Lamide Danmole counts down the best teen flicks of yesteryear.
The Breakfast Club
This is the quintessential and most well-known 80s teen movies, that has the power to make us laugh, cry, hate and love all at the same time. Set in the detention room one Saturday morning, with five high school stereotypes – the princess, the jock, the brain, the criminal and the basket case – one would not expect the drama and intensity that Hughes creates. This is a dramatically-charged movie with moments of great humour and flashes of raw emotion. It reveals five people who, though they could not appear more different on the surface, actually have more in common than one would expect. There are also moments of romance, which makes it all the more loveable. And of course, who can forget that triumphant fist punch by Bender which provides the perfect end to a great film.
This movie has been called the original Mean Girls, but Heathers is dark comedy that would have you in fits of laughter with their unique one liner such as “Did you have a brain tumour for breakfast?” yet also questioning if what you just saw on screen really did just happen! Set in the high school, Heathers works through the typical 80s-high-school drama and social hierarchy in a unique way. Starring a young Winona Ryder and Christian Slater, who enter into a dangerous relationship whilst attempting to rid high school of it social hierarchy and its dictator. Heathers is a cult classic that infuses school drama with dark comedy thriller in a nice, healthy package. It is not a well-known classic but mostly definitely worth a watch, and you’ll soon realise where every teen movie after the 80s got their inspiration from.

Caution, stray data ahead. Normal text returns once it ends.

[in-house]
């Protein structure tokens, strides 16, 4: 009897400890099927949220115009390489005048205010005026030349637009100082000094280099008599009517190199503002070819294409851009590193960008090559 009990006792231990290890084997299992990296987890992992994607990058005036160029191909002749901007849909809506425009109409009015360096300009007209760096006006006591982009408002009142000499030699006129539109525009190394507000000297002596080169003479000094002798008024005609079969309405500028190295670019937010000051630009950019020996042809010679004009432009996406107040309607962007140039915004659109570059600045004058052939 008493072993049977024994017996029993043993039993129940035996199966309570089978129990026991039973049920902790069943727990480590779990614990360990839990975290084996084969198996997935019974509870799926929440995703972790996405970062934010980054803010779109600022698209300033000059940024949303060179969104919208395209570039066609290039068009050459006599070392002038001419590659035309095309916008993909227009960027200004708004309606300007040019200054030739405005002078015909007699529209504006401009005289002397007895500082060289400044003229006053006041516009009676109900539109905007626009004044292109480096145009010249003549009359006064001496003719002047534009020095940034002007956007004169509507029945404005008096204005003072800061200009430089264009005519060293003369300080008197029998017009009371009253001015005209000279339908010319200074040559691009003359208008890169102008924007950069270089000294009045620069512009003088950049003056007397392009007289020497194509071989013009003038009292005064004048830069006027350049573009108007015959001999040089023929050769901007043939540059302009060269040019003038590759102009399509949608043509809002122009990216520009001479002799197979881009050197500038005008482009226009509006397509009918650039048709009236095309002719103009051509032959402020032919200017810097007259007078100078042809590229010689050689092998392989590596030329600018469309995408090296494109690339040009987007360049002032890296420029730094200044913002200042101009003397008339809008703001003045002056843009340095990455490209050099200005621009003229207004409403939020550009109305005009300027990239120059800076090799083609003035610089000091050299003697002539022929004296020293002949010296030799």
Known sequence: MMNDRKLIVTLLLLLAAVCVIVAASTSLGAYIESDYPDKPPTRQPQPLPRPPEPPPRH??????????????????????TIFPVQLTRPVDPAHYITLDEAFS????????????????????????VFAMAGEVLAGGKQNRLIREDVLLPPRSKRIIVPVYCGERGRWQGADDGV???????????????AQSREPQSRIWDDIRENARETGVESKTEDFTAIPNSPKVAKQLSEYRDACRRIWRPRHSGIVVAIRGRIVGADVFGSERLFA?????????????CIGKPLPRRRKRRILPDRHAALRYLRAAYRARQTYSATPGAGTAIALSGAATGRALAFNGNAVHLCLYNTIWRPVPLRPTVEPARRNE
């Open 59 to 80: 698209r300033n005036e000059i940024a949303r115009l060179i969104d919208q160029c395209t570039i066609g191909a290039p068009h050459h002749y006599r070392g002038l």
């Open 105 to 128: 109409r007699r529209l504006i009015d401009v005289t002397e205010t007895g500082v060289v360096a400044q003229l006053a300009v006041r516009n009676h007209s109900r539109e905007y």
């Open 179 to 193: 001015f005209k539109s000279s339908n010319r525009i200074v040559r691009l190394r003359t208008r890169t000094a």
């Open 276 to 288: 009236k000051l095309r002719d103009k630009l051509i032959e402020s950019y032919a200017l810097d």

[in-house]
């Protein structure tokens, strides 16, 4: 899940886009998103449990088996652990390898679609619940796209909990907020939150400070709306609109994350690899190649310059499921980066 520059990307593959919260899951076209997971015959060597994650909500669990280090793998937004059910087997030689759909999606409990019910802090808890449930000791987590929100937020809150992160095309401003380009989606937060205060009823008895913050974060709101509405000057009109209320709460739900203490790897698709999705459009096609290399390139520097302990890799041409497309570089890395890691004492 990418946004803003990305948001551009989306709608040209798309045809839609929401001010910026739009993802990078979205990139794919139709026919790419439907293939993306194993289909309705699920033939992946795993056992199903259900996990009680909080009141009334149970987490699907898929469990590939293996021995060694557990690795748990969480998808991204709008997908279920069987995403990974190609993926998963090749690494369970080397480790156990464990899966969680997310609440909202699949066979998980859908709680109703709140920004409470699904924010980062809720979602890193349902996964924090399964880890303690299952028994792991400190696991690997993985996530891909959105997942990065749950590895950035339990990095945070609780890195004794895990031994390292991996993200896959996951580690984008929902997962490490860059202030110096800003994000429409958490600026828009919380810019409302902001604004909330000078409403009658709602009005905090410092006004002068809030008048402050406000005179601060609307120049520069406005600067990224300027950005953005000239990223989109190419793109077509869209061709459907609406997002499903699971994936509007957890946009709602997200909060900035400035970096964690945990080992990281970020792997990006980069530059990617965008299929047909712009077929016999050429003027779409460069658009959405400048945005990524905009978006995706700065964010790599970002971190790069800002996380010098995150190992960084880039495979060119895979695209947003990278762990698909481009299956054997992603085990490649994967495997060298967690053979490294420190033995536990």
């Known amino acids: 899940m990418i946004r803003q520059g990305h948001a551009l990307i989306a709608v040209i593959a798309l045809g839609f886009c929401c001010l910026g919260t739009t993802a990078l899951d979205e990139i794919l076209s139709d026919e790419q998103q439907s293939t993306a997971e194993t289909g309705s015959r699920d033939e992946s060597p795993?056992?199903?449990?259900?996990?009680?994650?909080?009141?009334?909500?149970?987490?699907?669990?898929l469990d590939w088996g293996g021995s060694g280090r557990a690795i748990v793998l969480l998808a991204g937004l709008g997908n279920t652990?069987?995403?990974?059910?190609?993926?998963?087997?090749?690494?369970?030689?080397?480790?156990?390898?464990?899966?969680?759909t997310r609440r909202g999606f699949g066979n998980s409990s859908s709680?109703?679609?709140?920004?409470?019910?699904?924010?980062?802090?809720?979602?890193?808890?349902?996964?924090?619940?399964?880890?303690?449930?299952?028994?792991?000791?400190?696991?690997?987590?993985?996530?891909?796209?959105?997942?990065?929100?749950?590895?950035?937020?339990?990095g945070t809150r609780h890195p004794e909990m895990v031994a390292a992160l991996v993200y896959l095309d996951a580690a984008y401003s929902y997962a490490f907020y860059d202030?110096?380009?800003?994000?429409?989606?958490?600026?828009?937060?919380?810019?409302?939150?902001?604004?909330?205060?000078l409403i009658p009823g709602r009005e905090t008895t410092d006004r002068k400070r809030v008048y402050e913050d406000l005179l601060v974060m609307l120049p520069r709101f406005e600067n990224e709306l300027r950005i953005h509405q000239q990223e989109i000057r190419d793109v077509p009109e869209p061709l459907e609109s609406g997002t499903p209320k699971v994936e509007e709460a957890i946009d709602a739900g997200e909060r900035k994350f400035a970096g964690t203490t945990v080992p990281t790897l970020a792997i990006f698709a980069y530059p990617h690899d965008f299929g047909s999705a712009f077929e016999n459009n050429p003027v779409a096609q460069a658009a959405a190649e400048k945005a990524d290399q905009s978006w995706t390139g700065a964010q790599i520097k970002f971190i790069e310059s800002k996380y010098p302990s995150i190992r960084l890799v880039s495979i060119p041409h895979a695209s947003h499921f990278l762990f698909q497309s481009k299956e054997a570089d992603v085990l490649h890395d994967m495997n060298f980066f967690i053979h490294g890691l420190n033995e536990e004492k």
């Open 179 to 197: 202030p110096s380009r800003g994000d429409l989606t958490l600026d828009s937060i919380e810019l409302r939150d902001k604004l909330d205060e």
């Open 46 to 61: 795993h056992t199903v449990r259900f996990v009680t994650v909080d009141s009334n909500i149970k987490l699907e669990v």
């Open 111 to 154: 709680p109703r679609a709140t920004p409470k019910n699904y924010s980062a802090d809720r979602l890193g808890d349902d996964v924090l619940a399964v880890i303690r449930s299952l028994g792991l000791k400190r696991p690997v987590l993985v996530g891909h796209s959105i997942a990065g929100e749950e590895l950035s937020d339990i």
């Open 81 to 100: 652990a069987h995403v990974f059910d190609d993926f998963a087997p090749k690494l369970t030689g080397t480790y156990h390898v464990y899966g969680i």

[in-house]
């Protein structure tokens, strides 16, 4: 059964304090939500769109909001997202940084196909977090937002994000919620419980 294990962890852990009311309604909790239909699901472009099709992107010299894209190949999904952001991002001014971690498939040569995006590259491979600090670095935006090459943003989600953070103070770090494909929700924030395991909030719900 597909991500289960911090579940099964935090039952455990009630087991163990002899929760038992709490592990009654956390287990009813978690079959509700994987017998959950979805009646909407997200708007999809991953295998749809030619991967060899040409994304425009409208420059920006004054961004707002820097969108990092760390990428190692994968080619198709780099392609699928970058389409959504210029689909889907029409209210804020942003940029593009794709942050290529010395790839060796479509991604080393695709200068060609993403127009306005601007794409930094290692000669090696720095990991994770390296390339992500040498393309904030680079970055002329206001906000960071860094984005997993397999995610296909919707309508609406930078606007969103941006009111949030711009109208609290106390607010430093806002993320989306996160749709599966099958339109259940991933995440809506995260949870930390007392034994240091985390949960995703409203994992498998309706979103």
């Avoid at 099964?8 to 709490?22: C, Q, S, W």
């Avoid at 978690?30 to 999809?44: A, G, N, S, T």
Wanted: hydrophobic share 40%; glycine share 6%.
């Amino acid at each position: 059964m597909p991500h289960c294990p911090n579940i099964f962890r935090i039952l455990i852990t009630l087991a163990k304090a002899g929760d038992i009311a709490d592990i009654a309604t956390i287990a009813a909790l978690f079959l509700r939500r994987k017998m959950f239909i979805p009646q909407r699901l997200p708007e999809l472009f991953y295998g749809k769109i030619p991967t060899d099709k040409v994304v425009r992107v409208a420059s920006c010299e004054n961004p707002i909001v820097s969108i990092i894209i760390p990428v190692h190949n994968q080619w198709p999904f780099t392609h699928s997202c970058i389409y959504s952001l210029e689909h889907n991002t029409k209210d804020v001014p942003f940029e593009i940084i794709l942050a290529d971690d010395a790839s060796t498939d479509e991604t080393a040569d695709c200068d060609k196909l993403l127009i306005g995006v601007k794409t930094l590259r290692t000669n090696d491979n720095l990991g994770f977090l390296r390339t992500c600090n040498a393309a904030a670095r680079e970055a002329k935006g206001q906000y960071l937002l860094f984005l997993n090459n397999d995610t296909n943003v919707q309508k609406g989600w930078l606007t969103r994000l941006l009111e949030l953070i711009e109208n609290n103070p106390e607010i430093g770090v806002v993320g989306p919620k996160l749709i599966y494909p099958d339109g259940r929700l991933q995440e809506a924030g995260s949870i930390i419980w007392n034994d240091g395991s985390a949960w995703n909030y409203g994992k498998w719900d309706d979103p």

Ferris Bueller’s Day Off
John Hughes hit the jackpot again, by creating possibly the best feel good 80s movie. The film begins with when Ferris calls in sick for school, to spend a fun-filled day in the city with his girlfriend and best friend. His unconvinced headmaster Rooney played by the utterly hilarious Jeffery Jones, then makes it his life mission to catch Ferris cutting class. In this film Hughes has mixed slapstick comedy with social commentary about status and parents. There is nothing not to love in this film, with Matthew Broderick playing the charming Ferris who we can’t help but love, and his trusty best friend Cameron Frye (Alan Ruck) gives us a good dose of teenage troubles and family issues. This is a brilliant comedy that will leave you with a smile on your face and the itching the desire to skip a day of lectures just to roam the city.